Feeding the horse athlete is one of the headaches of many endurance rider. Some horses eat too much, others are fuzzy eaters… but all need some individual adaptation of the “standard food plan” to their individual metabolism and requirements by the demanded effort. That’s where “the eye of the owner feeds the horse”.
Let’s have a look at some particularities of the horse’s digestive system:
- For all mammals, the major fraction of the energy produced from its nutrition is needed to keep the body-temperature at the required level for normal functioning.
When a horse is moving more than normal and, even more, when carrying or pulling a weight, extra energy supply is required for muscle contraction, which will essentially be obtained by chemical transformation of stored body-fat.
- The horse is primarily a grass-eater and not a cereal-eater! In nature, the horse spends the major part of his time grazing (in alternation to rather short resting = digestion-periods) and fulfils all his needs out of a diet of a variety of grass and other available plants. If not, the species will disappear from that environment… If the available (natural or quality enhanced) supply from grazing exceeds the necessary energy for “maintaining” the body functions of the horse in its natural environment, the excess energy will be transformed into and stored as body-fat.
- The stomach of a grass-eater has a small volume (less than 18 l) as the passage of the food through it is fast (approx 2 hours). As the horse keeps grazing, its stomach is rarely empty and the high quantity of acid produced by it for the “chemical disinfection” of the food thus does not harm the mucosa of the interior wall of the stomach.
- The natural diet of horses (lots of fibres) also implies a slow transit in the further gut (total passage time is over 48 hours!) and the concept of its intestines and digestion process is adapted to this by the bacterial digestion in the (proportionally enormous) caëcum (blind gut). This organ, designed for permanent filling, should also not be “left empty”
Since domestication and with it a certain work load, the horse’ grazing time has been decreased and we impose a cereal-diet on our herbivore animal, just to satisfy us. Indeed, the excess in energy produced by this high-energy diet (oats, barley, maize, bran, peas…) can be used for work in the lapse of time gained by the reduced grazing needs.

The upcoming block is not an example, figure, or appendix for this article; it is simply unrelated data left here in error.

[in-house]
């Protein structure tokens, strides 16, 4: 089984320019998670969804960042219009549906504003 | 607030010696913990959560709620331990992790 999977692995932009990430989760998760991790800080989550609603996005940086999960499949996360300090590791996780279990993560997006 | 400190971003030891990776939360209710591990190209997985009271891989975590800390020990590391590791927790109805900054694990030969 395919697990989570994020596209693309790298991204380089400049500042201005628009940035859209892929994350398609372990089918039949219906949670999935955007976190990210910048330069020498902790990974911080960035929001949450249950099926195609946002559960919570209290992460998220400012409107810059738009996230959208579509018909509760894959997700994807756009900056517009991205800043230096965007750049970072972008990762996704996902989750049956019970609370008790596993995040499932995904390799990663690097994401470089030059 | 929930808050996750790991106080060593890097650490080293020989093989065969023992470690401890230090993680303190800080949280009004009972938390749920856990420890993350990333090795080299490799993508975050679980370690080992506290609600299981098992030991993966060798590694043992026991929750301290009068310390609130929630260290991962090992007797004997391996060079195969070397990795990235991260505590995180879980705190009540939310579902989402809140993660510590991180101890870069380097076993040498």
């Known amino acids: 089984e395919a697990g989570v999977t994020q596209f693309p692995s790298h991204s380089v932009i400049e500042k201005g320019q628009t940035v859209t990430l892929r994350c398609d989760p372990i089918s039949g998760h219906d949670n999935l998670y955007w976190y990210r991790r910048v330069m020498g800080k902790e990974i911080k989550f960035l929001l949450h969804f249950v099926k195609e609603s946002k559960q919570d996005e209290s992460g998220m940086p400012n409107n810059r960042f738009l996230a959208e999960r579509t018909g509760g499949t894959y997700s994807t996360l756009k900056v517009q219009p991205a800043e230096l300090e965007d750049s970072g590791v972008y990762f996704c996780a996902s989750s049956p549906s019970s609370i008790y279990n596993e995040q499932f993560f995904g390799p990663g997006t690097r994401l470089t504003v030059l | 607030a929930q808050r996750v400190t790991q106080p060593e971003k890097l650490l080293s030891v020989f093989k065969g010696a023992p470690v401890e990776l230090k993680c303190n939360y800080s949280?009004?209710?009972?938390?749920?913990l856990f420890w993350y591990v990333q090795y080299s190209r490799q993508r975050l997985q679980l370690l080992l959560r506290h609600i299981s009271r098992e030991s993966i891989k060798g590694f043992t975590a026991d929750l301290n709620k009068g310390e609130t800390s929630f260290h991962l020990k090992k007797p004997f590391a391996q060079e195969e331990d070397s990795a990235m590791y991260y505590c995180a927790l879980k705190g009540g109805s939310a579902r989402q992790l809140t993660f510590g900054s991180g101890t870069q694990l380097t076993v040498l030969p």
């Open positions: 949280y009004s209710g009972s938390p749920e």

This modified way of life has a couple of consequences on the digestive track:
The teeth: – Incisors normally used for “cutting” the grass, are less worn down by less grazing and may grow too long.
Molars have an increased grinding function (grain!) and the slightest imperfection in the match of the molars of the upper and under jaw is enhanced and soon makes our horse to develop hooks on its teeth.
Our domesticated / stabled horses thus sometimes need dentists (although not as often as some practitioners tend to imply!) The extreme case would be horses fed with “mash” only.
The stomach: – when stabled without hay or straw during a longer period, or during long work-outs, the empty stomach continues the production of acid. The inner lining of the stomach is thus prone to acid attack which can create sensitive spots and surface lesions. If the specific bacteria are around (they are anywhere!) stomach ulcers may develop, especially when the horse is tired or stressed and thus less resistant to bacteria.
In endurance, one should avoid too long loops (preferably not longer than two hours without food input!) or too short “resting periods” between the loops, inhibiting sufficient food input and thus leaving the stomach empty.
Stabled horses need a permanent supply of something to nibble.
The guts: – The small intestine is charged with the “bio-chemical” digestion of the larger molecules (proteins, lipids, vitamins, etc)
The caecum transforms the cellulose of the fibres into sugars by bacterial activity.
The large intestine absorbs all the transformed material into the blood-circulation, the exceeding water is extracted during the transit in the last portion of the intestine.
The microbial flora existing in the caecum and necessary for the transformation of fibers, should never be depleted, because it is very difficult to restore a balanced flora after it was depleted. Therefore, the guts of a horse should never be “empty” of fibres, such as in the form of grass, hay or straw…
Flat race horses are kept on a fibre-arm diet to loose a maximum of “useless” weight to obtain the typical “greyhound” profile (picture). As their effort is short in time, there will be little burn of body-fat compared to endurance horses, which are supposed to keep on going for hours and hours.
The liver: being a grass-eater, the horse’ organism is not designed to absorb much fat. Especially animal fat cannot be absorbed by its guts, exception made for milk during the first months, a feature the guts loose progressively during the first year of life. Feeding fish-flour is thus not an option when increase of body-weight is required, something one realizes by the unaltered fish-smell of the droppings of so fed horses.
Vegetable fat, like maize-, peanuts or soy-oil is better absorbed by the digestive track of the horse, but a natural diet does not contain a high proportion of such fats and an overload of the liver might alter the “condition” and the performances of a sporthorse! Some type of Skin problems (eczema) can also find its origin in an overloaded liver.
For an example, maize is probably the fattest cereal commonly supplied to sport-horses, and should according to my personal experience not be fed in a proportion higher than 1/5 of the total cereal-input
In the next issue we will consider which food is needed and the possible consequences of excess.